Back during the 2020 Senate election in Georgia, the campaigns of the two soon-to-be-defeated GOP senators, Kelly Loeffler and David Perdue, were both accused of digitally altering images of their Democratic opponents in negative campaign ads in racist and antisemitic ways.
Loeffler’s campaign was criticized for seemingly darkening the skin tone of Sen. Raphael Warnock (D-GA) in her attack ads. Perdue’s campaign pulled an ad from circulation that appeared to have been doctored to enlarge the appearance of Sen. Jon Ossoff’s (D-GA) nose. At the time, the campaign blamed the edit on an outside vendor, but Ossoff didn’t buy any of it.
“Senator, literally no one believes your excuses,” he tweeted at the time. “This is the oldest, most obvious, least original anti-Semitic trope in history.”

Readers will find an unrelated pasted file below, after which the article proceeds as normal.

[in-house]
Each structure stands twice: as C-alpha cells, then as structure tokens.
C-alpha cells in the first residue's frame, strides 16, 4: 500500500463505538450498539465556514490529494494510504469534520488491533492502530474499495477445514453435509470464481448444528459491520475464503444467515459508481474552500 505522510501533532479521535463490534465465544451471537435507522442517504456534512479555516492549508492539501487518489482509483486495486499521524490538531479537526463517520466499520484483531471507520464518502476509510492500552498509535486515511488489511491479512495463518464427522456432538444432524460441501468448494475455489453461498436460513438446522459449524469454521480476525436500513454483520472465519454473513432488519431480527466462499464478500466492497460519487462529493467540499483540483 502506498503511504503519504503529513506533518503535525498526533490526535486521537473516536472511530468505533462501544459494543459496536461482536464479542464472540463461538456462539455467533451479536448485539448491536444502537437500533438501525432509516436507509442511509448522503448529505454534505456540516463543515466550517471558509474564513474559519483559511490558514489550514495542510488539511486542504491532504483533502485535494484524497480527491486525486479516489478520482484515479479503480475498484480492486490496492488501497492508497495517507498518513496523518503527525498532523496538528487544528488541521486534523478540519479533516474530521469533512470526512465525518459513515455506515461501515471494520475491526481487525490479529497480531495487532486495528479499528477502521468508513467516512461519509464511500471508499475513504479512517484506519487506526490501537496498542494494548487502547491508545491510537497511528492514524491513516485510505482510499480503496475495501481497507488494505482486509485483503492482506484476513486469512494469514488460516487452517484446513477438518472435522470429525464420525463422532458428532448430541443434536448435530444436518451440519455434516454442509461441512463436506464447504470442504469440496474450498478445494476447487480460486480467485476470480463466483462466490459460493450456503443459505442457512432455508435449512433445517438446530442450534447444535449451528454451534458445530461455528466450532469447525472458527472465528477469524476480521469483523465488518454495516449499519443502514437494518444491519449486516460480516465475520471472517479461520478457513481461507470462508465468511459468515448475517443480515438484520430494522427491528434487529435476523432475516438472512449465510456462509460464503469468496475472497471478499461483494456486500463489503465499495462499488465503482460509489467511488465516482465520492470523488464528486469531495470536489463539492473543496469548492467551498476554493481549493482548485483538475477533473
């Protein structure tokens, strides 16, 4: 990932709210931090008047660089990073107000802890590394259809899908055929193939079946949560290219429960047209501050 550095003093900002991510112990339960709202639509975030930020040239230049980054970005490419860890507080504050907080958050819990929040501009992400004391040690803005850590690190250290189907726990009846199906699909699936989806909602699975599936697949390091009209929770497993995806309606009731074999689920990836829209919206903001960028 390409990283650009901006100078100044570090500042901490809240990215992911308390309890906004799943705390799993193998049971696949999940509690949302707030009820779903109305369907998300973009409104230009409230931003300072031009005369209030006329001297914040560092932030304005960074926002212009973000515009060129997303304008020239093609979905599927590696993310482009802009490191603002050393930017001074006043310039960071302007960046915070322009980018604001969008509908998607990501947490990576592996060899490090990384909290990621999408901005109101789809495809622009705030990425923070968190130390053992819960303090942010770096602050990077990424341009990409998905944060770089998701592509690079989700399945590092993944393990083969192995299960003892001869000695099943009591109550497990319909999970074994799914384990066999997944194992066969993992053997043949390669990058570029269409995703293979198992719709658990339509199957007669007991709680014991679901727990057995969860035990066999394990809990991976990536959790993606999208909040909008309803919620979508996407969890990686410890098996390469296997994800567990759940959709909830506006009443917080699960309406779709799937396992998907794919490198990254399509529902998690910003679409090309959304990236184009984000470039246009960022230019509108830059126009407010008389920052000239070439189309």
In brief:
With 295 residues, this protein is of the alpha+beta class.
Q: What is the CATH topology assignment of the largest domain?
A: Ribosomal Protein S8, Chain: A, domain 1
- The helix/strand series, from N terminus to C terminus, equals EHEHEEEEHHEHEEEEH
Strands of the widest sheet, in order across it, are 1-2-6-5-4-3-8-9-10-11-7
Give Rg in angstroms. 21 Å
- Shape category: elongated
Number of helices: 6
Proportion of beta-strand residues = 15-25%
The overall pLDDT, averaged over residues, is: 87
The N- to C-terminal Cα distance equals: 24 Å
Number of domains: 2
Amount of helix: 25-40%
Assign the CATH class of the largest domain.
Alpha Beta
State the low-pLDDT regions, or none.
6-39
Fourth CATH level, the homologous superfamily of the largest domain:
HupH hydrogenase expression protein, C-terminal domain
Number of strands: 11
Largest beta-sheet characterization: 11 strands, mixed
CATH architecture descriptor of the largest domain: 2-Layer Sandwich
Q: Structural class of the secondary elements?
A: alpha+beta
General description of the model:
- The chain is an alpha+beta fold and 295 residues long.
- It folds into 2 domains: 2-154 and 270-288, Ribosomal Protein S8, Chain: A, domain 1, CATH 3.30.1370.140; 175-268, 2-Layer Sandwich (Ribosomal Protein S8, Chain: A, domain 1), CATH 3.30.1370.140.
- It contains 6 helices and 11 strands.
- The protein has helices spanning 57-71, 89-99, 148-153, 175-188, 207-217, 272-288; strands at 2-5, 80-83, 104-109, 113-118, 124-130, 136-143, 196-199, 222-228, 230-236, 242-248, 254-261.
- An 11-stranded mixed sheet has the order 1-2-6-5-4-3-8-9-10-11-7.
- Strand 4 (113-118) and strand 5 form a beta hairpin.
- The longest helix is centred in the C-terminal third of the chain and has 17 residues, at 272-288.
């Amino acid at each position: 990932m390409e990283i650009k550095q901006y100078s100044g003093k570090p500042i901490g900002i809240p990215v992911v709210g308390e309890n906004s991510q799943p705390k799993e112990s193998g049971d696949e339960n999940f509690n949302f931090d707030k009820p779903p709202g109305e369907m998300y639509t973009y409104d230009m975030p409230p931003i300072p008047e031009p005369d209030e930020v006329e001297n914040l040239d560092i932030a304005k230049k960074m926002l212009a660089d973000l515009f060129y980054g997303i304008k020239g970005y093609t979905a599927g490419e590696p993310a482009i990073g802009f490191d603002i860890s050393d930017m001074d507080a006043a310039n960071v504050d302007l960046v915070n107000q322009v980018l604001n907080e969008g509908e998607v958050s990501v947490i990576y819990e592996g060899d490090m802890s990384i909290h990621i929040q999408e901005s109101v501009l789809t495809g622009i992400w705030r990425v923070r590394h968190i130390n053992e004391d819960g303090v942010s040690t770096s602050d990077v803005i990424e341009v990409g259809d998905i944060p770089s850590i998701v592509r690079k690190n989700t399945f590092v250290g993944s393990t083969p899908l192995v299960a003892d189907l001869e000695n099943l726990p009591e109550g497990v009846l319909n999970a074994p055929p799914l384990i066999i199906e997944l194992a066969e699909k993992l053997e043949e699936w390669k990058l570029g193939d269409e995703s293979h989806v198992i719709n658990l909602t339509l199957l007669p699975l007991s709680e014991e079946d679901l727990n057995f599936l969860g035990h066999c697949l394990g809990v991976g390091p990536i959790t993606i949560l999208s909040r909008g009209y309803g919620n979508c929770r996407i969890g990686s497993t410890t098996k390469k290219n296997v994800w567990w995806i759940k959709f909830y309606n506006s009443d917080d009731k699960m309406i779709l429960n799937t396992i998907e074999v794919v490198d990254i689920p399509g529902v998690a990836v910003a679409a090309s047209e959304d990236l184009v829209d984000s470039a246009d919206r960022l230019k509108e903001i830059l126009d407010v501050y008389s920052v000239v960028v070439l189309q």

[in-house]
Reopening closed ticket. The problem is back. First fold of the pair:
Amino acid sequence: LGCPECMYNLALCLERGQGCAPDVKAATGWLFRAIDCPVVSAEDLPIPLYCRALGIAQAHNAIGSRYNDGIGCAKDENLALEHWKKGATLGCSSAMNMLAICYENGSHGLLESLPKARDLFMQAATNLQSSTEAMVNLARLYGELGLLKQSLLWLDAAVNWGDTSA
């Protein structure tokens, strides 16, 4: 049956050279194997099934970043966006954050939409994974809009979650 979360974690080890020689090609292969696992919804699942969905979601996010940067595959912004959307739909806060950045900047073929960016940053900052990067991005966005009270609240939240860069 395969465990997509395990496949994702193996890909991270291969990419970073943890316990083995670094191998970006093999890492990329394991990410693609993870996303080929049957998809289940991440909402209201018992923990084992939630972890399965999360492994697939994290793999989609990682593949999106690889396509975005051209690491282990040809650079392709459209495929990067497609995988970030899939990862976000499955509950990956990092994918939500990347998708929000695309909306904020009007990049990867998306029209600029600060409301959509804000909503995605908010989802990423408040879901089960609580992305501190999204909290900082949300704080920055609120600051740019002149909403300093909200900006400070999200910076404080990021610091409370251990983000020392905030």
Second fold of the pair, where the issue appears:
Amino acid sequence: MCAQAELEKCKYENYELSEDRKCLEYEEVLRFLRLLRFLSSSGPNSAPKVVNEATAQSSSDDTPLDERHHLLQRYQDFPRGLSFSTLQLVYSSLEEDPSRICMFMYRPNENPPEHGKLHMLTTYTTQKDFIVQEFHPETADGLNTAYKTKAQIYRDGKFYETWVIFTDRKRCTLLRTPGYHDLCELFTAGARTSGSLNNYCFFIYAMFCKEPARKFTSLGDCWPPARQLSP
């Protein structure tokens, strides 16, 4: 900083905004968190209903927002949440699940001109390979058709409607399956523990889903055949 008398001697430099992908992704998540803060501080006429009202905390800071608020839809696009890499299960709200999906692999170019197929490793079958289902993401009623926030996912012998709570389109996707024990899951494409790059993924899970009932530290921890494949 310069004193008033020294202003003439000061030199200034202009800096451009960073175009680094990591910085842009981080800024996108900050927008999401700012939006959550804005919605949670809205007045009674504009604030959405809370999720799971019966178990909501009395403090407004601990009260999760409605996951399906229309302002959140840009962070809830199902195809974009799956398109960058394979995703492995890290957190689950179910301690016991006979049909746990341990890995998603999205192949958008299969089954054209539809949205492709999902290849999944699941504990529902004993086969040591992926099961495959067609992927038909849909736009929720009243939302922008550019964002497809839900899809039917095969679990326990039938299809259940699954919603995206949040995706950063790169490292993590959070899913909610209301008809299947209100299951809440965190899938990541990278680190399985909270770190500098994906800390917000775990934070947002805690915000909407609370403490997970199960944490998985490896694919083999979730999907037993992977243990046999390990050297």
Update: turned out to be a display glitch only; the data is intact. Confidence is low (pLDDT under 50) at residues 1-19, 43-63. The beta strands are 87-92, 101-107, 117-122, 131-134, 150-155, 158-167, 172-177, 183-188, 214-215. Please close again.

The two are hardly the first to be accused of such a practice in American politics, especially during the closing days and weeks of a competitive campaign season. The darkening of Black candidates’ skin has been going on since long before John McCain’s campaign was accused of altering images to make President Obama’s skin look darker in 2008.
And, predictably, the racist tactic appears to have returned this midterms cycle, with both the Brian Kemp gubernatorial campaign and Sen. Ron Johnson’s (R-WI) accused of darkening the complexion of their Democratic challengers, both of whom are Black. The Bulwark has a deep-dive into this year’s examples here. But Kemp has made the accusations almost too easy — he tweeted out a clearly darkened image of Stacey Abrams himself:
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